Monday, April 7, 2008

Spring, Week 1 Meeting -- Part III


With these distinctions in mind, we can better understand Heidegger's distinctions between perishing, demise and death. These three ‘death-like’ phenomena are distinct because they are exhibited in distinct kinds of entities. Perishing is what happens to living things; it is their ceasing to be alive. It has nothing to do with Dasein or being-towards-death. Demise applies to people, and it is a social event – the event at which your possessions pass to your heirs, at which your spouse becomes a widow/er, and so on. We can think of demise as a ‘legal death,’ as ceasing to be a person in society. Typically, such demise is concurrent with perishing. This is because it just so happens that for every person (who can demise) there is a "biological specimen" (a homo sapiens) which can perish. Nonetheless, people and homo sapiens are distinct kinds of entities, so perishing and demise are distinct ways of ending.

'Death' is the term reserved for the ending of dasein. What would it be for a way of life to end? We considered the example of the ending of the way of life of the Jewish community in pre-war Western Europe. In some sense, this becomes a "dead" way of life, where this means that Jewish weddings, brisses, celebrating Passover, and so on, end – not because someone is literally, physically preventing these events from happening, but because they no longer make sense as a way of life. Death, then, is the coming-undone or failing of a whole rich fabric of mutual intelligibility.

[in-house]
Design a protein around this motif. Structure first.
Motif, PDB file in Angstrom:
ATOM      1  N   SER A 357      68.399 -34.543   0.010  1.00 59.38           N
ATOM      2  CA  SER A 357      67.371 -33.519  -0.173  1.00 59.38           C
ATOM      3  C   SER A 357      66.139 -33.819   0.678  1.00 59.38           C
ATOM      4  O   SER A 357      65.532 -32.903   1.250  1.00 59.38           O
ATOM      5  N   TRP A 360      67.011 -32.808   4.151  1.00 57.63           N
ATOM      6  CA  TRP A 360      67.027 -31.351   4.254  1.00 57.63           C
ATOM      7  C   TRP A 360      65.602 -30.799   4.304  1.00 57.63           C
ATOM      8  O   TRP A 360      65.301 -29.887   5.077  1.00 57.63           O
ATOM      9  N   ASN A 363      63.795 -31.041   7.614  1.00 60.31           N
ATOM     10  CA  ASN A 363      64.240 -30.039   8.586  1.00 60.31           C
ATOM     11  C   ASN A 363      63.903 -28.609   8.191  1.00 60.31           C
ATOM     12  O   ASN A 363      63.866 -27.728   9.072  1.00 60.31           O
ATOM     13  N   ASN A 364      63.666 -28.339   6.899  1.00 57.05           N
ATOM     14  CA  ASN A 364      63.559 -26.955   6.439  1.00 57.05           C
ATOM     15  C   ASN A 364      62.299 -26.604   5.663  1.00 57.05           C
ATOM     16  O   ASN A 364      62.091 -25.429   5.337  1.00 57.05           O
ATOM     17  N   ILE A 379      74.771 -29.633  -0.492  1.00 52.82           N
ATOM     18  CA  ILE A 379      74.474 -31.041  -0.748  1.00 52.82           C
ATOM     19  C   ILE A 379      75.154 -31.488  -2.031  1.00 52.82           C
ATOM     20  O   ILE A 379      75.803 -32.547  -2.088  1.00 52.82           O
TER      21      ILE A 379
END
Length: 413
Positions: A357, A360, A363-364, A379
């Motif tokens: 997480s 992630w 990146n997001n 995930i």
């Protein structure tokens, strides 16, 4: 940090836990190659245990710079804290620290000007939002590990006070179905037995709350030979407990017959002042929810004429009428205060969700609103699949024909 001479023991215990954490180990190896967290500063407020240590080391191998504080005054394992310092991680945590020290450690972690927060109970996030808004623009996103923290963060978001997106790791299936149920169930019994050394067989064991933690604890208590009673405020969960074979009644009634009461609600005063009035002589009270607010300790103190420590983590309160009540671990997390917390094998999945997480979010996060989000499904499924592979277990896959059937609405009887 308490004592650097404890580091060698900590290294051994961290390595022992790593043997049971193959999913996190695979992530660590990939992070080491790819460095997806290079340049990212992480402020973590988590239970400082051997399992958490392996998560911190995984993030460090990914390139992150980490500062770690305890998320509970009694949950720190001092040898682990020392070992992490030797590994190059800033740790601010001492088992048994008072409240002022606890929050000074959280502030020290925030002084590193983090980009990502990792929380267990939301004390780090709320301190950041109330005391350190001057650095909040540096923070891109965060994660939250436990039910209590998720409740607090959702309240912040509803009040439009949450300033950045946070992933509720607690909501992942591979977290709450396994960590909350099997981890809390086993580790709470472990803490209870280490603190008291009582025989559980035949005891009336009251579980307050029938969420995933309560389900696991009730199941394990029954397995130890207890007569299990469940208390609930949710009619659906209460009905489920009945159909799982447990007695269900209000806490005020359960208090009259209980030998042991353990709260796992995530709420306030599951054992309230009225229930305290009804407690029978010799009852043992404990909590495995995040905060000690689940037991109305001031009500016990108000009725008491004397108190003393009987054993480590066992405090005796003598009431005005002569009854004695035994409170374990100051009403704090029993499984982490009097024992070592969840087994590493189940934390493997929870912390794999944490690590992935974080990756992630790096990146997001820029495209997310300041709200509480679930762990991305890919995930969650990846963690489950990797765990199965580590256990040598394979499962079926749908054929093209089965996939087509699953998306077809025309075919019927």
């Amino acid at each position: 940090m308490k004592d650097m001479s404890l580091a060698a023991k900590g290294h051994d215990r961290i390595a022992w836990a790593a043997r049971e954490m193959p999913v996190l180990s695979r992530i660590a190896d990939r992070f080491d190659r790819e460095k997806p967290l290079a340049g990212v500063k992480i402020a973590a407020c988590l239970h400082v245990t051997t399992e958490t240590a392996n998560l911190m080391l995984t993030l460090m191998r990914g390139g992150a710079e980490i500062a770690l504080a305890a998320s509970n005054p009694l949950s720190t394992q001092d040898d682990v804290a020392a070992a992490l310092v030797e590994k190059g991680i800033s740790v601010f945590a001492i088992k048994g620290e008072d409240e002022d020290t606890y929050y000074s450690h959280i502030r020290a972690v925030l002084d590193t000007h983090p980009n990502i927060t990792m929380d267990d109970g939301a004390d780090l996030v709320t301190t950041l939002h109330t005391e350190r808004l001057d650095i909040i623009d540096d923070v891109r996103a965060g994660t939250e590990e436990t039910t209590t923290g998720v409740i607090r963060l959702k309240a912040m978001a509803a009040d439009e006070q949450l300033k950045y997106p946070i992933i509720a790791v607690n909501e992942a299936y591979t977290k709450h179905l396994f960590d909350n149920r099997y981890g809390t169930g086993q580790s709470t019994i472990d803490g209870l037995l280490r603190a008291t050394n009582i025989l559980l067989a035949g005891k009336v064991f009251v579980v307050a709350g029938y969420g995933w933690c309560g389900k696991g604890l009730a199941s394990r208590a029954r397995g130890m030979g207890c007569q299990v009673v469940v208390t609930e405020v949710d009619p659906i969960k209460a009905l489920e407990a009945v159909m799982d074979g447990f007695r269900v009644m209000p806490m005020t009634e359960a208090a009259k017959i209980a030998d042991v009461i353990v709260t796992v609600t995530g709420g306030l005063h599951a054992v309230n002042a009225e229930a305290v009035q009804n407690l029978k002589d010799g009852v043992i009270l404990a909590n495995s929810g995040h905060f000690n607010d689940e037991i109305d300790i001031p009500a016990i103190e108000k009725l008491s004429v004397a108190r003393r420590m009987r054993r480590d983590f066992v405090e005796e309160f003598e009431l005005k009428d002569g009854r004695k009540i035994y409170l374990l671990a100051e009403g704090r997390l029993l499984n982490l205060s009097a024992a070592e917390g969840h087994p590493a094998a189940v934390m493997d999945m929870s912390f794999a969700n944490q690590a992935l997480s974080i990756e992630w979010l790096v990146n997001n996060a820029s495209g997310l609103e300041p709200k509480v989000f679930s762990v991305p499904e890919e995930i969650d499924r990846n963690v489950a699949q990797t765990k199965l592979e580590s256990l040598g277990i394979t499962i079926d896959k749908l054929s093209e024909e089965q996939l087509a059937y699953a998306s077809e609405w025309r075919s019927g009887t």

To make this more precise, we contrasted the examples of the coal man on a coal-powered train and the superfluous elevator operator who can no longer pursue their professions. Although there are difficulties in spelling out exactly why these don't count as the death of dasein, we can see that the elevator man experiences a breakdown in his situation with respect to entities, given his understanding of being, rather than a breakdown in his understanding of being per se. This suggests that being an elevator man doesn't quite count as a way of life (as dasein), because it is in some way insufficiently rich, complex and internally integrated.

Nikhil suggested that even when the Jewish way of life died, those who used to live it might have still found themselves (in Heidegger’s technical sense of Befindlichkeit) as Jews, might have still felt compelled to make sense of their lives in those terms. This brings out what, on the existential level, is so traumatic about the death of a way of life, where one cannot – yet cannot help but – make sense of oneself in terms of the way of life that has died.

We also considered the situation of classical physics at the beginning of the 20th Century. In this case, the whole intelligibility of physical things came unglued – as it did with the Copernican revolution (where, as Prof. Haugeland put it, “the world got literally turned upside down”). Unlike the elevator man or the coal man, this is not a breakdown in relating to entities, but a breakdown in how the world itself works or makes sense, and how we understand our place in that world. In this breakdown, everything comes apart and we don't know how to project entities at all.

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